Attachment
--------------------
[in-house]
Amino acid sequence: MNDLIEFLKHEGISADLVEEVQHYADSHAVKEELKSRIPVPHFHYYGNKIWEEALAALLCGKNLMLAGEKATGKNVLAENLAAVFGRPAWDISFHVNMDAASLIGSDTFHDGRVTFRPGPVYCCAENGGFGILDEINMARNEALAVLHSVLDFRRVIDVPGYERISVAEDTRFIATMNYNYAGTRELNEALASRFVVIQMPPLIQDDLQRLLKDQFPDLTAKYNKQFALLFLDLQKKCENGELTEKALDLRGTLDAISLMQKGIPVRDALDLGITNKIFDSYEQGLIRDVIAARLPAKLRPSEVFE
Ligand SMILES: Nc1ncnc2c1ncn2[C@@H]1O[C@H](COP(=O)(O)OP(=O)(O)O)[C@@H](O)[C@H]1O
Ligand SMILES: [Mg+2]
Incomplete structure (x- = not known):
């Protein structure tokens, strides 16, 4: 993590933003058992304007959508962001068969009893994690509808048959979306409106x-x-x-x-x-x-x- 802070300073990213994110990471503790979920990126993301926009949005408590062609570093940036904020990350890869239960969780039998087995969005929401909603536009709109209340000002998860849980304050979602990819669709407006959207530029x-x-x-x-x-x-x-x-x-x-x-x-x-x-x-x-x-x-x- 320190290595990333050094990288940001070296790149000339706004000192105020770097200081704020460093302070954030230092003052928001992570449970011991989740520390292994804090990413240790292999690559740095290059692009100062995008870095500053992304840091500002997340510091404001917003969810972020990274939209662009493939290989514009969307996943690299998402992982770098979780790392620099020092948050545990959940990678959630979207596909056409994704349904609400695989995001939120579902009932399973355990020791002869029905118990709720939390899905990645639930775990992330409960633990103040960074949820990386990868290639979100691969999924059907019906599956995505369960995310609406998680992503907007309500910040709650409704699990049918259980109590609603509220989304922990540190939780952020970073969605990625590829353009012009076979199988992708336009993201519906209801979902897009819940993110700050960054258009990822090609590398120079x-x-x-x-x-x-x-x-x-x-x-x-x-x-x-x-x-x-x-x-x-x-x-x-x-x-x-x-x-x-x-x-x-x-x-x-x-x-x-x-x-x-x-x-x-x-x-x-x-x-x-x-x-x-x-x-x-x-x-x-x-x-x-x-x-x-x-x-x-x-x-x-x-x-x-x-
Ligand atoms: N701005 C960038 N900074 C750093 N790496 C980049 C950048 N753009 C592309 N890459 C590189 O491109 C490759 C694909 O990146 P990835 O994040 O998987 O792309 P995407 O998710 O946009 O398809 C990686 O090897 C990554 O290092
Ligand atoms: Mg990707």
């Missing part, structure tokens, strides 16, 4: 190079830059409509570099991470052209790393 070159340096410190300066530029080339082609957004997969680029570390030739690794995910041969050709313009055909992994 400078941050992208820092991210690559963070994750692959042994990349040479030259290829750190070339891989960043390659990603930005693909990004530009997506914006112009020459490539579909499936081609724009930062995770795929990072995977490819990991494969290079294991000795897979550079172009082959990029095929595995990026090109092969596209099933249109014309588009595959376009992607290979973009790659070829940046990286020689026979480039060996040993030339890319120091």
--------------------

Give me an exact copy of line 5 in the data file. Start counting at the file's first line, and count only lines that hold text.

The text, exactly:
Incomplete structure (x- = not known):